Alley in the village of Lefkes.
View of Lefkes.
The alleys around the Kastro of Parikia whitewashed by the inhabitants.
Pisso Livadi, view of the beach and the picturesque village.
The old port of Naoussa, in the background the Venetian castle.
One step closer to the blue
By ship or by plane
Text: Eleni Katsarou
“To Paros” … said the sign at Omonia station. I turned my head right and left, like a cartoon. I read more carefully. “To Piraeus”. Oh, ok. How you could get to Paros by train, I thought. At least not yet. Still, you can get to the island by ship or by plane.
And it’s pretty close. And the ferries are superb. At least I travelled most comfortably. I’d hired a car before getting to the island. Sweet Marietta was very obliging. The people had already won me before I even got to the island. All is simple and easy here. Is this an exaggeration? Not at all! If man chose the place to settle as early as Bronze Age, I must be right.
The ship docked at Parikia late at night. I was welcomed by the windmill and the Kastro surrounded by those little houses (dating since 1260, the time of the Venetian Dukes). When reading about Parikia I got the impression it was an open museum, but now, in the heart of the town, with the crowds, the sounds, the shops and shop windows I’ve come to realise it’s a “museum-town”. It all mingles, and the whitewashed alleys make me want to play hop-scotch, just like a little girl.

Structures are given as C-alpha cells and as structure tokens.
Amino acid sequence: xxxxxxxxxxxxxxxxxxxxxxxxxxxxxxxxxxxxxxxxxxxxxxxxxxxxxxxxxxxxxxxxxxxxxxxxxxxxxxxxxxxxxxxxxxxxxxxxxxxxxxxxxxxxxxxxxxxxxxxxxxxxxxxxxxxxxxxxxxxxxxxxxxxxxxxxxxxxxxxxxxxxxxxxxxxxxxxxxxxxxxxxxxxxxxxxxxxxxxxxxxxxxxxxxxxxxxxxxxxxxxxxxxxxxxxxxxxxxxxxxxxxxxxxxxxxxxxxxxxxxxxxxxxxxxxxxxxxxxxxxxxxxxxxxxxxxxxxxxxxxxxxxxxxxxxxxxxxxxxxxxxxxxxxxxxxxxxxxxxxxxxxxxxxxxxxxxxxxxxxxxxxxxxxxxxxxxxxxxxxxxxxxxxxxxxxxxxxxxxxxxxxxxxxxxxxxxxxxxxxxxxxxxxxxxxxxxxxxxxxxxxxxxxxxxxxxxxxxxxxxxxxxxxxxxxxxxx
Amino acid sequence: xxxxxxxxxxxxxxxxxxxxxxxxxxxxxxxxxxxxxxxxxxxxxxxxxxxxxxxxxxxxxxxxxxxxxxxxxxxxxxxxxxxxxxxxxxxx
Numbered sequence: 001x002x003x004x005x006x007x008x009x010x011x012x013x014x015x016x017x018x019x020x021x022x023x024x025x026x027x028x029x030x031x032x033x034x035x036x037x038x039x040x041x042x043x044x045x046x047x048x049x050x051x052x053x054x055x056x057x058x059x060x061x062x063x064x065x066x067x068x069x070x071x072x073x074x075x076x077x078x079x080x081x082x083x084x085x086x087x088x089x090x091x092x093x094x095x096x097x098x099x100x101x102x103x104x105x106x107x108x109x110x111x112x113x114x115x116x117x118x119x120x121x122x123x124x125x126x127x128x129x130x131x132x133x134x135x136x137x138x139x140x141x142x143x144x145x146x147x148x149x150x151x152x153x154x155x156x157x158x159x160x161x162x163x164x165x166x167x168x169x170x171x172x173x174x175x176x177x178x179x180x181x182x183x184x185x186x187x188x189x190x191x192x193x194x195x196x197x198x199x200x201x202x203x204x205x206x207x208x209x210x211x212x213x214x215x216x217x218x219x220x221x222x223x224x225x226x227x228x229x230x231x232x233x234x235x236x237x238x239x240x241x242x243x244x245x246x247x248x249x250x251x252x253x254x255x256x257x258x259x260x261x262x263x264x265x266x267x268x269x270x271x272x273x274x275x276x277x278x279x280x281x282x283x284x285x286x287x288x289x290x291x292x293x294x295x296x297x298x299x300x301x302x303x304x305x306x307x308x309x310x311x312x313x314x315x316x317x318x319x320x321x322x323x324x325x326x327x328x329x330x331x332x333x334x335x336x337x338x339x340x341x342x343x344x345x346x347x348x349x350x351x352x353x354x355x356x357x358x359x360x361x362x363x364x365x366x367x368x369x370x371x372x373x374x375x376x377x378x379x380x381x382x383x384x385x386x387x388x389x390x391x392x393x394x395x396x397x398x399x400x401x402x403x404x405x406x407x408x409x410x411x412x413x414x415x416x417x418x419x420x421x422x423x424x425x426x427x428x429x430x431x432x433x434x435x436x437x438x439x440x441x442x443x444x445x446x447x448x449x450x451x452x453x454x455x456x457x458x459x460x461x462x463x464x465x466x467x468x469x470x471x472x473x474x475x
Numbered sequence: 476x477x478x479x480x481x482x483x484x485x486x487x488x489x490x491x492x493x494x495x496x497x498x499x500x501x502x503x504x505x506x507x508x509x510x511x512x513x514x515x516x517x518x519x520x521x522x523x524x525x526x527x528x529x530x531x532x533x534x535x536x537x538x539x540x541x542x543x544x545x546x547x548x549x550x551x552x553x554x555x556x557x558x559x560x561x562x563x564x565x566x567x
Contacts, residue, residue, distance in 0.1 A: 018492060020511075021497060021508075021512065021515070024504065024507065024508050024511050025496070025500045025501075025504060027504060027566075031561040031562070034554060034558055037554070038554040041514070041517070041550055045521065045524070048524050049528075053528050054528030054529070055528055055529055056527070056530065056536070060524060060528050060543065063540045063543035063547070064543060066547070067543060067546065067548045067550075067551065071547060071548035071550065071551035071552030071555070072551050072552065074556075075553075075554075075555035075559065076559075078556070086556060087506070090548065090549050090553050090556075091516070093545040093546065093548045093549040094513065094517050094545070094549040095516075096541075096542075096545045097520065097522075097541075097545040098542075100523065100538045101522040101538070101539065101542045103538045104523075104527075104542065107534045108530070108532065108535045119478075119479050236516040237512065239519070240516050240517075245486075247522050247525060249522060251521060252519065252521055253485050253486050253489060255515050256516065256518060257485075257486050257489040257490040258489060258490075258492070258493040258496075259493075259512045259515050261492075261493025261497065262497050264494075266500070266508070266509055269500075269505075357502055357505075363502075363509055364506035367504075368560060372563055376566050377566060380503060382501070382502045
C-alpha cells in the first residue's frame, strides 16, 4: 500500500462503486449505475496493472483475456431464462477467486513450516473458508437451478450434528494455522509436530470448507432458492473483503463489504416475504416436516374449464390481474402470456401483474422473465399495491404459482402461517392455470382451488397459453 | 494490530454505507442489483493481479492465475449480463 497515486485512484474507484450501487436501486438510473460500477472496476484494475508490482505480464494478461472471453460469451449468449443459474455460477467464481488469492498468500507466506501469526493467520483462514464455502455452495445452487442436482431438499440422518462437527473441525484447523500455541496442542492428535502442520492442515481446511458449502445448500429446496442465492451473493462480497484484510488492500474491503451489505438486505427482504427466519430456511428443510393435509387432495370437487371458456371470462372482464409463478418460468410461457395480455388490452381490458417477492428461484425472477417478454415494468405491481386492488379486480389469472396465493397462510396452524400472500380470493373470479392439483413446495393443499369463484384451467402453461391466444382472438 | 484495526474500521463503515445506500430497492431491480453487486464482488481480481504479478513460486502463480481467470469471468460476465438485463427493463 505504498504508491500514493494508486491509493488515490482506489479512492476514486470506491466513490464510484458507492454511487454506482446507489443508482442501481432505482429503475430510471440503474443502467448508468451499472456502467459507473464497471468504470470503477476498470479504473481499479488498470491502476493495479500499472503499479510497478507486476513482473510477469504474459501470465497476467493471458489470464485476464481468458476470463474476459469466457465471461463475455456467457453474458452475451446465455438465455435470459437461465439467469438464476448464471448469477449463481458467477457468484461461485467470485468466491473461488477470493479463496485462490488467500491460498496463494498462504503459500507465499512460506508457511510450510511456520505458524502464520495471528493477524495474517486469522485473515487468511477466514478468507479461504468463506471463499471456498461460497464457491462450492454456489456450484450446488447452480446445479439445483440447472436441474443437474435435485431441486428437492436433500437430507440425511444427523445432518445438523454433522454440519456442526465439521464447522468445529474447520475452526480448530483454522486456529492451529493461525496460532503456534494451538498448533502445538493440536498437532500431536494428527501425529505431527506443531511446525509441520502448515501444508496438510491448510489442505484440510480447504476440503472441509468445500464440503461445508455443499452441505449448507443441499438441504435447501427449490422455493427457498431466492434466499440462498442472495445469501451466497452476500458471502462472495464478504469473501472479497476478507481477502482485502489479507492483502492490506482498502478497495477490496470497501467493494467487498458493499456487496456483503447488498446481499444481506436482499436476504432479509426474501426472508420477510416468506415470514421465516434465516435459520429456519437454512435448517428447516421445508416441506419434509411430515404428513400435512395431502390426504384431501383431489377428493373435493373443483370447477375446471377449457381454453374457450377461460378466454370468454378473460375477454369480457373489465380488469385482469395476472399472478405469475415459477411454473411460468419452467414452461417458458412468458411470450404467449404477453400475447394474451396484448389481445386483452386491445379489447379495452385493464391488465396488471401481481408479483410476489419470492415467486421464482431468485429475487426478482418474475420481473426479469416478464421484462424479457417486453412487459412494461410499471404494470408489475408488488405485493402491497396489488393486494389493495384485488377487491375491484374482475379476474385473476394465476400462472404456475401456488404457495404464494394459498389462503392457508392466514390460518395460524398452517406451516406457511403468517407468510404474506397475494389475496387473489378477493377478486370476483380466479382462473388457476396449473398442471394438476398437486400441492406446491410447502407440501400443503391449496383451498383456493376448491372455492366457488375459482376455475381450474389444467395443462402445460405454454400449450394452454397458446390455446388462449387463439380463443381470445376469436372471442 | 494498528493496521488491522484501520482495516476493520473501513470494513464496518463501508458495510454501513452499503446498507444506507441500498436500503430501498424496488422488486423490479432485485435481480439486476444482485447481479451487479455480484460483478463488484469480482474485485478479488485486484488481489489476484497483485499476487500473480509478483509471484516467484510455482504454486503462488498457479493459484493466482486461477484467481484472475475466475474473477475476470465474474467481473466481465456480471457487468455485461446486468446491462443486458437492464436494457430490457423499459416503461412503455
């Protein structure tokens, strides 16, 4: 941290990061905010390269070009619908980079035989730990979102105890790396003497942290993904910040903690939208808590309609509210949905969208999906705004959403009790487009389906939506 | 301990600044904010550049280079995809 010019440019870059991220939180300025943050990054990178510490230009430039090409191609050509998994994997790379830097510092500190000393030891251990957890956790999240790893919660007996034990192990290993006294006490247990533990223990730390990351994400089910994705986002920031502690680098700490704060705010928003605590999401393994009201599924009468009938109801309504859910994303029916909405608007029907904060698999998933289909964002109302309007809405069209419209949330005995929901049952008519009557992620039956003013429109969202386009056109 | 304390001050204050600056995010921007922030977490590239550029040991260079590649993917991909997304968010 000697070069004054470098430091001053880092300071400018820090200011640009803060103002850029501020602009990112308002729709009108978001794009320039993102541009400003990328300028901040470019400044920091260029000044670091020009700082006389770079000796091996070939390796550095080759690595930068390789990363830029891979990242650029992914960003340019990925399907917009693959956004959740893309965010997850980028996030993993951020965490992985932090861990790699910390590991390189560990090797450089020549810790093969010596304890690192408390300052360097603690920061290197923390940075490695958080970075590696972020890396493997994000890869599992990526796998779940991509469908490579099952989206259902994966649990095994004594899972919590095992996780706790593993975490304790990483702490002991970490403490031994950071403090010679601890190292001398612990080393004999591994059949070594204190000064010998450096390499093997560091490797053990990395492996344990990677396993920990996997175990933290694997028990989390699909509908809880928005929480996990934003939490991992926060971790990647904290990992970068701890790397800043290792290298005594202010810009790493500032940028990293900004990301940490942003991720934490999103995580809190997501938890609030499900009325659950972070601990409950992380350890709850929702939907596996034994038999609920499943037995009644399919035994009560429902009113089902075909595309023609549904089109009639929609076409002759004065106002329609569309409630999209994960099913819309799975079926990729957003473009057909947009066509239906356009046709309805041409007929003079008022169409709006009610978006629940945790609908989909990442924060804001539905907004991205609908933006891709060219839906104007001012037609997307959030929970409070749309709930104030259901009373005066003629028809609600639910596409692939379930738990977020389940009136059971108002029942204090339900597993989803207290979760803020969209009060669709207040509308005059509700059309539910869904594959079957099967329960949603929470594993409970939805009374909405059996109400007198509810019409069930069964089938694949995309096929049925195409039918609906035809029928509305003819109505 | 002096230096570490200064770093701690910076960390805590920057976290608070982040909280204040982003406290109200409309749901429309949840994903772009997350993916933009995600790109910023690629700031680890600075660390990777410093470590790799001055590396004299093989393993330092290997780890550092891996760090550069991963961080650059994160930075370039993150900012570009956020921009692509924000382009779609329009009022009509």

The little car I’d hired was there waiting for me like a loyal dog. I headed for my friends’ place. Instructions proved correct and I got really lucky. With enough time in my hands I thought I’d rather make a stop at Naoussa. I drove in the dark on the safe road, but experience proved right once more. Beware of local drivers and the way they take over. They drive fast.
The house I’d been invited to is at Profitis Ilias. The breeze got me to sleep and the next day was a glorious one. Do visitors know that all chapels dedicated to Elias the prophet are always built on top of hills? Sipping my coffee, I can’t stop gazing at the wonderful view.
On one side my sight basks in the blue of Molos and on the other the Antikefalos hill seems to be just a dot of land in the distance, just apart from the Tsoukalia bay. My hostess wonders: “Looking at Antikefalos? Oh, come on! Can’t you see Kefalos?” The Venetians built a huge castle up there and today, on your way uphill, you can see large stones. You may take them for rocks, but no, they are the ruins of the castle. Agios Antonios monastery is there, too. The Venetians knew how to choose a place. All southern Aegean Sea is visible from there. The slightest vessel approaching would be immediately spotted.
Where shall I head for first? The Venetians had defeated all the vessels and my imagination now gave way so I could get organized. The first route is always the most difficult. Should I head south to Ageria past Aliki or north towards Naoussa? Should I drive along the coast or inland to admire the changing Parian landscape? My hostess provided the solution. “The weather will lead the way” … It was true.
How could I move away from the coast in this weather? I make for Piso Livadi as if hypnotised, the picturesque port is really welcoming and Agios Nikolaos in the east reminds me that sailors used to set off from here for long voyages. Logaras beach is just the beginning. Next comes Punda, famous, cosmopolitan, with just a few tamarisks, reminders of what it would have been like before being “conquered”. After that…too many beaches to count. Luckily, Chrissi Akti (Golden Beach), old and new reward me. How can you forget a beach like that?